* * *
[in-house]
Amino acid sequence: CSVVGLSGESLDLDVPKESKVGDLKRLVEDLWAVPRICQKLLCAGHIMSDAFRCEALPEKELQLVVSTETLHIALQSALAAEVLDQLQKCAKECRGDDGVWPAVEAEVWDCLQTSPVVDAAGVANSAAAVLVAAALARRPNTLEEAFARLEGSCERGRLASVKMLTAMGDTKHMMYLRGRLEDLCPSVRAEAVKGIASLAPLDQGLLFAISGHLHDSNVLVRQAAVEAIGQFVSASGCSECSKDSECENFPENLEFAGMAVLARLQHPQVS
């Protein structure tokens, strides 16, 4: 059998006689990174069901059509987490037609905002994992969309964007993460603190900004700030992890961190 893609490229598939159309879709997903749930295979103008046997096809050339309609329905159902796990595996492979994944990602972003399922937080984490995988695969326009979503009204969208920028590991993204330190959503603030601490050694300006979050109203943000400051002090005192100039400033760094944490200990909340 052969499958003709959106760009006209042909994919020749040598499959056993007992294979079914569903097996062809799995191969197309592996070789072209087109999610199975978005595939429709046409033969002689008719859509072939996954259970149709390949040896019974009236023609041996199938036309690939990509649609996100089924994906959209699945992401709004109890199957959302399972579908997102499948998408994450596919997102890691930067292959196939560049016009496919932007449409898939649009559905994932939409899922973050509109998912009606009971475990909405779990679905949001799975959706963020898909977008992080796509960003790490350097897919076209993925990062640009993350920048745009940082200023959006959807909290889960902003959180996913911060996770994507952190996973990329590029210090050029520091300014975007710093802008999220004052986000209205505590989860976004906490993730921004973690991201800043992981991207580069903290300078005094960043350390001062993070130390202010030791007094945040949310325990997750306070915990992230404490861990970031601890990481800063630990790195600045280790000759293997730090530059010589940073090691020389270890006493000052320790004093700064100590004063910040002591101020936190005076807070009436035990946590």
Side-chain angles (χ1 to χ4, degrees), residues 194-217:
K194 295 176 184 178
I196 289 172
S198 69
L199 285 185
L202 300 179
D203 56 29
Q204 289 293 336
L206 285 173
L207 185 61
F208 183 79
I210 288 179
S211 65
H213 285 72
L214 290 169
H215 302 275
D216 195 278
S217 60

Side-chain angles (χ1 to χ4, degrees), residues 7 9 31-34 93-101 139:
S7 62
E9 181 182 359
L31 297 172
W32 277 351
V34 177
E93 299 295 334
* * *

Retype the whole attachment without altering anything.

[in-house]
Amino acid sequence: CSVVGLSGESLDLDVPKESKVGDLKRLVEDLWAVPRICQKLLCAGHIMSDAFRCEALPEKELQLVVSTETLHIALQSALAAEVLDQLQKCAKECRGDDGVWPAVEAEVWDCLQTSPVVDAAGVANSAAAVLVAAALARRPNTLEEAFARLEGSCERGRLASVKMLTAMGDTKHMMYLRGRLEDLCPSVRAEAVKGIASLAPLDQGLLFAISGHLHDSNVLVRQAAVEAIGQFVSASGCSECSKDSECENFPENLEFAGMAVLARLQHPQVS
């Protein structure tokens, strides 16, 4: 059998006689990174069901059509987490037609905002994992969309964007993460603190900004700030992890961190 893609490229598939159309879709997903749930295979103008046997096809050339309609329905159902796990595996492979994944990602972003399922937080984490995988695969326009979503009204969208920028590991993204330190959503603030601490050694300006979050109203943000400051002090005192100039400033760094944490200990909340 052969499958003709959106760009006209042909994919020749040598499959056993007992294979079914569903097996062809799995191969197309592996070789072209087109999610199975978005595939429709046409033969002689008719859509072939996954259970149709390949040896019974009236023609041996199938036309690939990509649609996100089924994906959209699945992401709004109890199957959302399972579908997102499948998408994450596919997102890691930067292959196939560049016009496919932007449409898939649009559905994932939409899922973050509109998912009606009971475990909405779990679905949001799975959706963020898909977008992080796509960003790490350097897919076209993925990062640009993350920048745009940082200023959006959807909290889960902003959180996913911060996770994507952190996973990329590029210090050029520091300014975007710093802008999220004052986000209205505590989860976004906490993730921004973690991201800043992981991207580069903290300078005094960043350390001062993070130390202010030791007094945040949310325990997750306070915990992230404490861990970031601890990481800063630990790195600045280790000759293997730090530059010589940073090691020389270890006493000052320790004093700064100590004063910040002591101020936190005076807070009436035990946590």
Side-chain angles (χ1 to χ4, degrees), residues 194-217:
K194 295 176 184 178
I196 289 172
S198 69
L199 285 185
L202 300 179
D203 56 29
Q204 289 293 336
L206 285 173
L207 185 61
F208 183 79
I210 288 179
S211 65
H213 285 72
L214 290 169
H215 302 275
D216 195 278
S217 60

Side-chain angles (χ1 to χ4, degrees), residues 7 9 31-34 93-101 139:
S7 62
E9 181 182 359
L31 297 172
W32 277 351
V34 177
E93 299 295 334